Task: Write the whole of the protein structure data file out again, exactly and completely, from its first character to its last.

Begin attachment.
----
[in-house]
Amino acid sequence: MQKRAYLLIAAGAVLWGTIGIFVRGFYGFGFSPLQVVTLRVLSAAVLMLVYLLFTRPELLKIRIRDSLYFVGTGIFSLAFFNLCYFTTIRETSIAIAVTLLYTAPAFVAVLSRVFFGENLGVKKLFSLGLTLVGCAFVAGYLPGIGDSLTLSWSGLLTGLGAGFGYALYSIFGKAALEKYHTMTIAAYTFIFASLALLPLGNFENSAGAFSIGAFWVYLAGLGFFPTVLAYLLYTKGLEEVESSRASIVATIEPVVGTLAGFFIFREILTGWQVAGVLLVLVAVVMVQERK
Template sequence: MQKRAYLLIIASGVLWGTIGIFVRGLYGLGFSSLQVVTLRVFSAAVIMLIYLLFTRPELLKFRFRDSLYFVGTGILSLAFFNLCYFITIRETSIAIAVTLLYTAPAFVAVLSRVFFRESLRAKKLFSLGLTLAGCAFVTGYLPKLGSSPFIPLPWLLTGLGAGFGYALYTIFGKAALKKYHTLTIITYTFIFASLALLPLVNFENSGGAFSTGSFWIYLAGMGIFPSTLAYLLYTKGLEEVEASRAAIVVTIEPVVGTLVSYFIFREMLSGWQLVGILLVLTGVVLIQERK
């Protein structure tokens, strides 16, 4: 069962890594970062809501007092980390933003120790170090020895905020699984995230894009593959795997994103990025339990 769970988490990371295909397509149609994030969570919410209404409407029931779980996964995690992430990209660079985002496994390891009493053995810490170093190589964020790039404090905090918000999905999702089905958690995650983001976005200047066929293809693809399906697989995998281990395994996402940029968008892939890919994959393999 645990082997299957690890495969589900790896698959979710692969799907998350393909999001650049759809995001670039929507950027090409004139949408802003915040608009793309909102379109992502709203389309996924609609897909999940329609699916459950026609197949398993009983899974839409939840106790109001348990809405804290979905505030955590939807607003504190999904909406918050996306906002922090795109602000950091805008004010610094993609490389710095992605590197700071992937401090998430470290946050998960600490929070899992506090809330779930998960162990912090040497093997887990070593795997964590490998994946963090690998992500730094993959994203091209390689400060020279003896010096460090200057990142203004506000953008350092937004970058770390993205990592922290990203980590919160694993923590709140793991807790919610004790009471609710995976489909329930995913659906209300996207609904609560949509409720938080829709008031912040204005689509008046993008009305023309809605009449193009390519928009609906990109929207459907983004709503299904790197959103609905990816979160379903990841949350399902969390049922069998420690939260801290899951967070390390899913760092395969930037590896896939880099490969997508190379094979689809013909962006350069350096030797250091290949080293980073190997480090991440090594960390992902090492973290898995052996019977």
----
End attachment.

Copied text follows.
[in-house]
Amino acid sequence: MQKRAYLLIAAGAVLWGTIGIFVRGFYGFGFSPLQVVTLRVLSAAVLMLVYLLFTRPELLKIRIRDSLYFVGTGIFSLAFFNLCYFTTIRETSIAIAVTLLYTAPAFVAVLSRVFFGENLGVKKLFSLGLTLVGCAFVAGYLPGIGDSLTLSWSGLLTGLGAGFGYALYSIFGKAALEKYHTMTIAAYTFIFASLALLPLGNFENSAGAFSIGAFWVYLAGLGFFPTVLAYLLYTKGLEEVESSRASIVATIEPVVGTLAGFFIFREILTGWQVAGVLLVLVAVVMVQERK
Template sequence: MQKRAYLLIIASGVLWGTIGIFVRGLYGLGFSSLQVVTLRVFSAAVIMLIYLLFTRPELLKFRFRDSLYFVGTGILSLAFFNLCYFITIRETSIAIAVTLLYTAPAFVAVLSRVFFRESLRAKKLFSLGLTLAGCAFVTGYLPKLGSSPFIPLPWLLTGLGAGFGYALYTIFGKAALKKYHTLTIITYTFIFASLALLPLVNFENSGGAFSTGSFWIYLAGMGIFPSTLAYLLYTKGLEEVEASRAAIVVTIEPVVGTLVSYFIFREMLSGWQLVGILLVLTGVVLIQERK
């Protein structure tokens, strides 16, 4: 069962890594970062809501007092980390933003120790170090020895905020699984995230894009593959795997994103990025339990 769970988490990371295909397509149609994030969570919410209404409407029931779980996964995690992430990209660079985002496994390891009493053995810490170093190589964020790039404090905090918000999905999702089905958690995650983001976005200047066929293809693809399906697989995998281990395994996402940029968008892939890919994959393999 645990082997299957690890495969589900790896698959979710692969799907998350393909999001650049759809995001670039929507950027090409004139949408802003915040608009793309909102379109992502709203389309996924609609897909999940329609699916459950026609197949398993009983899974839409939840106790109001348990809405804290979905505030955590939807607003504190999904909406918050996306906002922090795109602000950091805008004010610094993609490389710095992605590197700071992937401090998430470290946050998960600490929070899992506090809330779930998960162990912090040497093997887990070593795997964590490998994946963090690998992500730094993959994203091209390689400060020279003896010096460090200057990142203004506000953008350092937004970058770390993205990592922290990203980590919160694993923590709140793991807790919610004790009471609710995976489909329930995913659906209300996207609904609560949509409720938080829709008031912040204005689509008046993008009305023309809605009449193009390519928009609906990109929207459907983004709503299904790197959103609905990816979160379903990841949350399902969390049922069998420690939260801290899951967070390390899913760092395969930037590896896939880099490969997508190379094979689809013909962006350069350096030797250091290949080293980073190997480090991440090594960390992902090492973290898995052996019977």